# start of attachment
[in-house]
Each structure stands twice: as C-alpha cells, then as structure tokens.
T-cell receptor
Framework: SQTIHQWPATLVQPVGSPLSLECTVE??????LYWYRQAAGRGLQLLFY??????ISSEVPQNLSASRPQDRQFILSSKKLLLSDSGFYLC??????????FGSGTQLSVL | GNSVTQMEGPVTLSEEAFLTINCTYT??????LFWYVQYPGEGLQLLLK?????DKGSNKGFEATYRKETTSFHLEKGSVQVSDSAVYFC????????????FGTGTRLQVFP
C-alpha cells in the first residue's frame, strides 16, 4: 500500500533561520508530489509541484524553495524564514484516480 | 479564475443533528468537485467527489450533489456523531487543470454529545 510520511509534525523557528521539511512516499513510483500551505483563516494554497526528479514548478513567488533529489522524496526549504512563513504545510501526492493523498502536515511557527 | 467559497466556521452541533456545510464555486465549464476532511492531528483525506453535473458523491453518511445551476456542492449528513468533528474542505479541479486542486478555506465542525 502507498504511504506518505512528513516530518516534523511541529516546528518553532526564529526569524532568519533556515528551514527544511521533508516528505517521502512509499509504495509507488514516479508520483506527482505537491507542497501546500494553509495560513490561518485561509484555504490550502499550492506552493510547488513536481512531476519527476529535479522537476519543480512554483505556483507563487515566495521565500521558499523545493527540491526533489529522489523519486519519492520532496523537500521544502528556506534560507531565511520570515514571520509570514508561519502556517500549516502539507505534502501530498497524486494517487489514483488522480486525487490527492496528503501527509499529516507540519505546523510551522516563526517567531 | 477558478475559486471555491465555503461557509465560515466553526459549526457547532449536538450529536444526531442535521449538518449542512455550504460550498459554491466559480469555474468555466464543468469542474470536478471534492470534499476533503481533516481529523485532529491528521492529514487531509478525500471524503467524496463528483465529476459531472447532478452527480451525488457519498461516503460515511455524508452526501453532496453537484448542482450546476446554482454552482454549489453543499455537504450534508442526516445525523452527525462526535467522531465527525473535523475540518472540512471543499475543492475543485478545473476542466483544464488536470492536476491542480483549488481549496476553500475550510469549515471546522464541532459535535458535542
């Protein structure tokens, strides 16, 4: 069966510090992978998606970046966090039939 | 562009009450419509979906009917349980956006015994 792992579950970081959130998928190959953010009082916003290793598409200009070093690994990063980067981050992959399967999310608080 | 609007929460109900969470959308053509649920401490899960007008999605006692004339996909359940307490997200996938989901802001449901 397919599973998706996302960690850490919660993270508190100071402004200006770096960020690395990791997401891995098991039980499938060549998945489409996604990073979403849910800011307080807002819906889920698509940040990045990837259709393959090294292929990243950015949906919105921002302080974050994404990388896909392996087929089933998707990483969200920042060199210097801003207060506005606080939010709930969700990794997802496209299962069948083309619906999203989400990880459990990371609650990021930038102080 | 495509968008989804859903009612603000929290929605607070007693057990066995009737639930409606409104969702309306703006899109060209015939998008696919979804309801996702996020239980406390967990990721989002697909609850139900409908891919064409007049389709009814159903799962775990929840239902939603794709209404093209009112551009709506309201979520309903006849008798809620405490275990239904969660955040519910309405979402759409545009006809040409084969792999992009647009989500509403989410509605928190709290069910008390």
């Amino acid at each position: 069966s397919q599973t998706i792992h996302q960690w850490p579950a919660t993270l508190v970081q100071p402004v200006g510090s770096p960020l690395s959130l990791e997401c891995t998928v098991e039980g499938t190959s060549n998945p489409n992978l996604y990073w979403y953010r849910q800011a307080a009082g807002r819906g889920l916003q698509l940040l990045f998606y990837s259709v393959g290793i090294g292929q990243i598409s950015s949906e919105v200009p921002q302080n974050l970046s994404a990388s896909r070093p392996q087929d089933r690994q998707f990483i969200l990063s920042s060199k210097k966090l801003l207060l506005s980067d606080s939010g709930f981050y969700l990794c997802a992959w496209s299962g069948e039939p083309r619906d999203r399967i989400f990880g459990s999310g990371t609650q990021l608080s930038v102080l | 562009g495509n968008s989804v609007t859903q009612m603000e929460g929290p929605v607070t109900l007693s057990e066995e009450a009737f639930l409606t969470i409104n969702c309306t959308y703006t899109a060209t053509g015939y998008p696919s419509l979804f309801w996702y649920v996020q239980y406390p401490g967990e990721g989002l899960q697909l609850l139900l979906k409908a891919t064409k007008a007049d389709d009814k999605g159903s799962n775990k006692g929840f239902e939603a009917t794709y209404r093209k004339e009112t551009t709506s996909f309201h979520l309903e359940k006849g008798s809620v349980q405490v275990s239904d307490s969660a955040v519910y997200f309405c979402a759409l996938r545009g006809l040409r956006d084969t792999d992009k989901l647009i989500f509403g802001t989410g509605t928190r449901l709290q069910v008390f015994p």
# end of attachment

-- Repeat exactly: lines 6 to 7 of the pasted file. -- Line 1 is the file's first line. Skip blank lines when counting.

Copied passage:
């Protein structure tokens, strides 16, 4: 069966510090992978998606970046966090039939 | 562009009450419509979906009917349980956006015994 792992579950970081959130998928190959953010009082916003290793598409200009070093690994990063980067981050992959399967999310608080 | 609007929460109900969470959308053509649920401490899960007008999605006692004339996909359940307490997200996938989901802001449901 397919599973998706996302960690850490919660993270508190100071402004200006770096960020690395990791997401891995098991039980499938060549998945489409996604990073979403849910800011307080807002819906889920698509940040990045990837259709393959090294292929990243950015949906919105921002302080974050994404990388896909392996087929089933998707990483969200920042060199210097801003207060506005606080939010709930969700990794997802496209299962069948083309619906999203989400990880459990990371609650990021930038102080 | 495509968008989804859903009612603000929290929605607070007693057990066995009737639930409606409104969702309306703006899109060209015939998008696919979804309801996702996020239980406390967990990721989002697909609850139900409908891919064409007049389709009814159903799962775990929840239902939603794709209404093209009112551009709506309201979520309903006849008798809620405490275990239904969660955040519910309405979402759409545009006809040409084969792999992009647009989500509403989410509605928190709290069910008390």
């Amino acid at each position: 069966s397919q599973t998706i792992h996302q960690w850490p579950a919660t993270l508190v970081q100071p402004v200006g510090s770096p960020l690395s959130l990791e997401c891995t998928v098991e039980g499938t190959s060549n998945p489409n992978l996604y990073w979403y953010r849910q800011a307080a009082g807002r819906g889920l916003q698509l940040l990045f998606y990837s259709v393959g290793i090294g292929q990243i598409s950015s949906e919105v200009p921002q302080n974050l970046s994404a990388s896909r070093p392996q087929d089933r690994q998707f990483i969200l990063s920042s060199k210097k966090l801003l207060l506005s980067d606080s939010g709930f981050y969700l990794c997802a992959w496209s299962g069948e039939p083309r619906d999203r399967i989400f990880g459990s999310g990371t609650q990021l608080s930038v102080l | 562009g495509n968008s989804v609007t859903q009612m603000e929460g929290p929605v607070t109900l007693s057990e066995e009450a009737f639930l409606t969470i409104n969702c309306t959308y703006t899109a060209t053509g015939y998008p696919s419509l979804f309801w996702y649920v996020q239980y406390p401490g967990e990721g989002l899960q697909l609850l139900l979906k409908a891919t064409k007008a007049d389709d009814k999605g159903s799962n775990k006692g929840f239902e939603a009917t794709y209404r093209k004339e009112t551009t709506s996909f309201h979520l309903e359940k006849g008798s809620v349980q405490v275990s239904d307490s969660a955040v519910y997200f309405c979402a759409l996938r545009g006809l040409r956006d084969t792999d992009k989901l647009i989500f509403g802001t989410g509605t928190r449901l709290q069910v008390f015994p």